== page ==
Dems didn’t include an increase to the debt ceiling in the $3.5 trillion budget outline that the Senate approved 50-49 with no Republican votes. While that bill can pass without GOP support, any effort to raise or suspend the debt ceiling outside the budget process would require at least 10 Republican votes to overcome the 60-vote legislative filibuster.

If all 46 Republicans who signed Johnson’s letter stuck to their pledge, it would leave Dems short of the support needed to move forward.

See more here


— Dem U.S. Rep. Ron Kind announced he won’t seek reelection in 2022, telling a La Crosse news conference, “The truth is, I’ve run out of gas.”

Kind has represented the western Wisconsin seat for more than 24 years and was already a top GOP target in 2022 after his narrow reelection last fall.

Appearing at a news conference in front of his former elementary school, the 58-year-old Dem said he will serve out the remainder of his term, ticking off a series of priorities. That includes beating COVID-19, rebuilding the economy, addressing climate change and protecting voting rights.

See more here


— The National Republican Congressional Committee immediately knocked Kind and what his pending retirement means for Dem chances of holding the House in 2022.

“Ron Kind chose to retire rather than defend Democrats’ record of rising prices, rising crime, and skyrocketing illegal immigration. Kind’s retirement is the clearest sign yet that Democrats’ House majority is toast,” said NRCC spokesman Mike Berg.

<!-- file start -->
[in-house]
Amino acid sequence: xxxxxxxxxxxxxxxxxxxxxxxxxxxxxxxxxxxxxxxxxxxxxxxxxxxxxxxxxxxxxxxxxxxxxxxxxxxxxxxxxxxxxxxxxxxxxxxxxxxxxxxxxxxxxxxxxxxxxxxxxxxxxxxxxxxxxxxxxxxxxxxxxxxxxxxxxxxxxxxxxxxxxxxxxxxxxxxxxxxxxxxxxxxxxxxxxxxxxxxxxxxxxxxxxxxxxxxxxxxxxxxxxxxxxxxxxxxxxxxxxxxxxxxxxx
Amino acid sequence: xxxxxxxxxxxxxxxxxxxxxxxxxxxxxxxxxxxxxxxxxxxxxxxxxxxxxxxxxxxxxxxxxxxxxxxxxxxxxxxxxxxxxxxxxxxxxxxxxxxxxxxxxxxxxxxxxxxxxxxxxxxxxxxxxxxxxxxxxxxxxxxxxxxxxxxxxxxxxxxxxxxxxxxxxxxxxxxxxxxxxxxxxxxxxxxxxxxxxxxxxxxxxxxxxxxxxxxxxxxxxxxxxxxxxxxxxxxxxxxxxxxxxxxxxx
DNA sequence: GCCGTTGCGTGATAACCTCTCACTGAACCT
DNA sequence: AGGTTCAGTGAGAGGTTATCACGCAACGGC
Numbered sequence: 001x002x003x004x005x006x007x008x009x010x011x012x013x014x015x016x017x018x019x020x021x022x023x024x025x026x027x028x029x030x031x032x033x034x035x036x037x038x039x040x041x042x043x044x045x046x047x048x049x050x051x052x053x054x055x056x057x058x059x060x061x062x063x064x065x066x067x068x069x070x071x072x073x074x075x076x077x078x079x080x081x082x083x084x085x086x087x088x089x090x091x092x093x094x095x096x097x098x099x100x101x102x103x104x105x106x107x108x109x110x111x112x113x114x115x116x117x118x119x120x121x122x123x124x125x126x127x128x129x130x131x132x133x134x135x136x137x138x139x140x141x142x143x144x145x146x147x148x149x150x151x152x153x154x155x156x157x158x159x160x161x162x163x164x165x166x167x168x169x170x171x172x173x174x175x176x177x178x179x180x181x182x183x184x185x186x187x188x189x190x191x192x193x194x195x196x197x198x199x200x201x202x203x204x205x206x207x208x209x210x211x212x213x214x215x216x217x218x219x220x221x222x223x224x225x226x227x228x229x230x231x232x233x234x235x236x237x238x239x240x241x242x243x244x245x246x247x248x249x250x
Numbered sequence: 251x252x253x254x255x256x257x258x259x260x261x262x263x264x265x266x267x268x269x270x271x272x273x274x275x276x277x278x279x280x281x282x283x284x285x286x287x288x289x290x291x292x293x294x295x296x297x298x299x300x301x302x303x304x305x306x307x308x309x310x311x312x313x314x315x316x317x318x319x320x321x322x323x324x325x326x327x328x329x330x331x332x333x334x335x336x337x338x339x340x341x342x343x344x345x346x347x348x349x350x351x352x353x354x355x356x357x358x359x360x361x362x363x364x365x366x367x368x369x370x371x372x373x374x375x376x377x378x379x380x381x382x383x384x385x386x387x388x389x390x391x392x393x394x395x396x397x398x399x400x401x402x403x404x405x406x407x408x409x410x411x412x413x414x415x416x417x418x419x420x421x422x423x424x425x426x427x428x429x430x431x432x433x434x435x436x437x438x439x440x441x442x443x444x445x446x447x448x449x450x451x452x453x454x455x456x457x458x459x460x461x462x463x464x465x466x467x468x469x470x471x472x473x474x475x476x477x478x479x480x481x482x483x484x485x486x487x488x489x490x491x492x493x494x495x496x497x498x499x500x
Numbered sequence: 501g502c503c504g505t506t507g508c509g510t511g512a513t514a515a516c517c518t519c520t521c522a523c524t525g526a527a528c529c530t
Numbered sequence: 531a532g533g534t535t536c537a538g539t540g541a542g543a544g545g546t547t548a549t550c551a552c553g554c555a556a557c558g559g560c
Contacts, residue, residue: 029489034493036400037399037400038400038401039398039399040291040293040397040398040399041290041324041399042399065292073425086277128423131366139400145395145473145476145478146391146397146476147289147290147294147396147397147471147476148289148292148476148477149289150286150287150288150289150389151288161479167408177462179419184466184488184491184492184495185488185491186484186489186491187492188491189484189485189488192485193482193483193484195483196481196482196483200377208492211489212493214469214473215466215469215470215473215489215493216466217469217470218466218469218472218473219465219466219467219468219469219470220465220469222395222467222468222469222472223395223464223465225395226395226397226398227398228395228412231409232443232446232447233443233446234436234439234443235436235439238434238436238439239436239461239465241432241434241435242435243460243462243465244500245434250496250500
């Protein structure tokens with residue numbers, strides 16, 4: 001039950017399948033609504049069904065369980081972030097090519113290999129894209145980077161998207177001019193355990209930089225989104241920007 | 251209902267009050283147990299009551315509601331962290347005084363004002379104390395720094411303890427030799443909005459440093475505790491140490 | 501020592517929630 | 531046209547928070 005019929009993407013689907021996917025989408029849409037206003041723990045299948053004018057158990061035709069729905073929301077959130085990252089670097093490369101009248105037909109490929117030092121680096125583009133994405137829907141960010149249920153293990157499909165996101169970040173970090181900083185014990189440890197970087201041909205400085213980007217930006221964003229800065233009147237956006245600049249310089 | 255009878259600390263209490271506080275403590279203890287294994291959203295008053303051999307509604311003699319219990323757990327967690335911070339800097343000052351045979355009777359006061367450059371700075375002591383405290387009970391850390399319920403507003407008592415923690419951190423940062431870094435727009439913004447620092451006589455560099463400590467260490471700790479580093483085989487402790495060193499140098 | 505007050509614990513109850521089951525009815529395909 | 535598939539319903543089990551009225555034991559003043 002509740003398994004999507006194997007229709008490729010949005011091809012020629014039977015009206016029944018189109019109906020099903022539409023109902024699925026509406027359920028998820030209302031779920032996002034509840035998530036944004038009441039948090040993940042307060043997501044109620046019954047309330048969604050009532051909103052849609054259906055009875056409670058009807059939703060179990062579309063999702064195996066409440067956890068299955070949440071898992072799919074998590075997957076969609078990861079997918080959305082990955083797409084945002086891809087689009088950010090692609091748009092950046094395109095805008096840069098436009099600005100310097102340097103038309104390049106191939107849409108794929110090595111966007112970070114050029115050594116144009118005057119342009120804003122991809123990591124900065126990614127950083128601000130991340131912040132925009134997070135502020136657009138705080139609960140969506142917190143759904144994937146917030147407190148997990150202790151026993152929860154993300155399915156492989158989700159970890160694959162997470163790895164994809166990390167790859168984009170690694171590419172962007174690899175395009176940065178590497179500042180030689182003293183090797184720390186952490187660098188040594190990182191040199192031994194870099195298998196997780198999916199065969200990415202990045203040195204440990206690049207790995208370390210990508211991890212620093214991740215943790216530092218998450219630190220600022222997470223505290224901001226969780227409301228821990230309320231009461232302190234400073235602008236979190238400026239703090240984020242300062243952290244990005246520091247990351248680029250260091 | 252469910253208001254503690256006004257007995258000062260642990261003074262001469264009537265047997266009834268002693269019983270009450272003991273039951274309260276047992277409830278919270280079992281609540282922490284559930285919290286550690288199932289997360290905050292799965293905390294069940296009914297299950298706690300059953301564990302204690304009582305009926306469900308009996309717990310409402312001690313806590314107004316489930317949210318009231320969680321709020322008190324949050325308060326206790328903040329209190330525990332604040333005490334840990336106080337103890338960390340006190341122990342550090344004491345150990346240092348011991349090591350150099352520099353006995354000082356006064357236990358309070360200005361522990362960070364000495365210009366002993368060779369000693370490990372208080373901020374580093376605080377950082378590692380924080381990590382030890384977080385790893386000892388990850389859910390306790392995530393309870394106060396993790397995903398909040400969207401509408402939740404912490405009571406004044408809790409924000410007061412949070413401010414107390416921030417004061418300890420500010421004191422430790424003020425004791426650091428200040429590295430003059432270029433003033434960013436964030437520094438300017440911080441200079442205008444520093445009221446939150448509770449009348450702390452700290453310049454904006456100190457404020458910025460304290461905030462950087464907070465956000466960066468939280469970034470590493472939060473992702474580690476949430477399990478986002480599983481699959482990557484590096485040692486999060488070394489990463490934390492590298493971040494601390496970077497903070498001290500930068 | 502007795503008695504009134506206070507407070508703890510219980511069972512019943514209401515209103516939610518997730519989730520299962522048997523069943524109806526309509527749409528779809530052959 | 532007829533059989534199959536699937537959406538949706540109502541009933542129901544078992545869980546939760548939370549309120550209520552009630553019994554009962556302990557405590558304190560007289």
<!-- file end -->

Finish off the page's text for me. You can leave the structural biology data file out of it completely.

During his news conference, Kind touted rankings that regularly pegged him as one of the most bipartisan members of Congress, calling himself a “dying breed.” He also thanked his family for their support.

See more here


— Speculation immediately turned to Dems who will take a look at running for the seat.

That includes state Sen. Brad Pfaff, a former aide to Kind and ex-DATCP secretary who won his La Crosse-area seat in 2020. Pfaff, D-Onalaska, isn’t up for re-election to the Legislature again until 2024.

Dems also mentioned Rebecca Cooke, of Eau Claire. She owns Red’s Mercantile, a home goods and accessories store geared toward women. The store also has a social entrepreneurship arm that awards grants to women in the Chippewa Valley who want to start their own business. Cooke also has experience working on political campaigns, including serving as finance director on California Dem U.S. Rep. Raul Ruiz’s 2014 campaign.


— Gov. Tony Evers announced the Wisconsin lodging industry has received roughly $70 million in grants using federal American Rescue Plan Act funds.